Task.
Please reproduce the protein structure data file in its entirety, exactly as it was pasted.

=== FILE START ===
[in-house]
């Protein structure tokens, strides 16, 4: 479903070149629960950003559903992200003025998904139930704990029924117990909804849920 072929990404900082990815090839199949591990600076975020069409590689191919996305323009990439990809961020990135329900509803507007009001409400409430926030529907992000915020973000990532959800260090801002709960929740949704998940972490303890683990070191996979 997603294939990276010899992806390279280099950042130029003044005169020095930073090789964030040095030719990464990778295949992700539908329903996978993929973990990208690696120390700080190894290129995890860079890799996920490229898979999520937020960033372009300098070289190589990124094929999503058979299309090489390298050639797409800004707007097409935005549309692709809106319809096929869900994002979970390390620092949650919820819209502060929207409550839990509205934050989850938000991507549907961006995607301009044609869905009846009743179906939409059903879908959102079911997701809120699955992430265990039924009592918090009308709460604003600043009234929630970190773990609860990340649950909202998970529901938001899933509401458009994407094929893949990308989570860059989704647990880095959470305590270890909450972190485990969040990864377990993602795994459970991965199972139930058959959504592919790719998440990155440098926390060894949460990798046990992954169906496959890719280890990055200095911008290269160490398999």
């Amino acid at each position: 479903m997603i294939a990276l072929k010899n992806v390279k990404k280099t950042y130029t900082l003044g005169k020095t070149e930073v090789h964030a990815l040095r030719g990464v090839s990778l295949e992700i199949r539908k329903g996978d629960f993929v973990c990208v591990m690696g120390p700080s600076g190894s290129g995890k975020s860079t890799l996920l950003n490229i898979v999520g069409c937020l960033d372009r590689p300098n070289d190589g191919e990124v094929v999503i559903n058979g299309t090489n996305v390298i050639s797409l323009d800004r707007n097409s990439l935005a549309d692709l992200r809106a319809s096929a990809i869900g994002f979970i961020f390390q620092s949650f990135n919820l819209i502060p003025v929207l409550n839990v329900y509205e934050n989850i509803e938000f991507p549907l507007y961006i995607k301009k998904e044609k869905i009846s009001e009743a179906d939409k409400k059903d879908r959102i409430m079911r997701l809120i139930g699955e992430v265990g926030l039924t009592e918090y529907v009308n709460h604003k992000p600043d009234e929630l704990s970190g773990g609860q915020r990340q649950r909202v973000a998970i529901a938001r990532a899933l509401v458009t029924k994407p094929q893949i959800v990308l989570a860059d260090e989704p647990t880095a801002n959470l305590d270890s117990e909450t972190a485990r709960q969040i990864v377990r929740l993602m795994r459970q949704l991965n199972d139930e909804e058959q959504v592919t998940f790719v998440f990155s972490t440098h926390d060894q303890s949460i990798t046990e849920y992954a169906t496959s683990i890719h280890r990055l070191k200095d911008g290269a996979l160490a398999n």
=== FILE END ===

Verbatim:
[in-house]
């Protein structure tokens, strides 16, 4: 479903070149629960950003559903992200003025998904139930704990029924117990909804849920 072929990404900082990815090839199949591990600076975020069409590689191919996305323009990439990809961020990135329900509803507007009001409400409430926030529907992000915020973000990532959800260090801002709960929740949704998940972490303890683990070191996979 997603294939990276010899992806390279280099950042130029003044005169020095930073090789964030040095030719990464990778295949992700539908329903996978993929973990990208690696120390700080190894290129995890860079890799996920490229898979999520937020960033372009300098070289190589990124094929999503058979299309090489390298050639797409800004707007097409935005549309692709809106319809096929869900994002979970390390620092949650919820819209502060929207409550839990509205934050989850938000991507549907961006995607301009044609869905009846009743179906939409059903879908959102079911997701809120699955992430265990039924009592918090009308709460604003600043009234929630970190773990609860990340649950909202998970529901938001899933509401458009994407094929893949990308989570860059989704647990880095959470305590270890909450972190485990969040990864377990993602795994459970991965199972139930058959959504592919790719998440990155440098926390060894949460990798046990992954169906496959890719280890990055200095911008290269160490398999």
């Amino acid at each position: 479903m997603i294939a990276l072929k010899n992806v390279k990404k280099t950042y130029t900082l003044g005169k020095t070149e930073v090789h964030a990815l040095r030719g990464v090839s990778l295949e992700i199949r539908k329903g996978d629960f993929v973990c990208v591990m690696g120390p700080s600076g190894s290129g995890k975020s860079t890799l996920l950003n490229i898979v999520g069409c937020l960033d372009r590689p300098n070289d190589g191919e990124v094929v999503i559903n058979g299309t090489n996305v390298i050639s797409l323009d800004r707007n097409s990439l935005a549309d692709l992200r809106a319809s096929a990809i869900g994002f979970i961020f390390q620092s949650f990135n919820l819209i502060p003025v929207l409550n839990v329900y509205e934050n989850i509803e938000f991507p549907l507007y961006i995607k301009k998904e044609k869905i009846s009001e009743a179906d939409k409400k059903d879908r959102i409430m079911r997701l809120i139930g699955e992430v265990g926030l039924t009592e918090y529907v009308n709460h604003k992000p600043d009234e929630l704990s970190g773990g609860q915020r990340q649950r909202v973000a998970i529901a938001r990532a899933l509401v458009t029924k994407p094929q893949i959800v990308l989570a860059d260090e989704p647990t880095a801002n959470l305590d270890s117990e909450t972190a485990r709960q969040i990864v377990r929740l993602m795994r459970q949704l991965n199972d139930e909804e058959q959504v592919t998940f790719v998440f990155s972490t440098h926390d060894q303890s949460i990798t046990e849920y992954a169906t496959s683990i890719h280890r990055l070191k200095d911008g290269a996979l160490a398999n």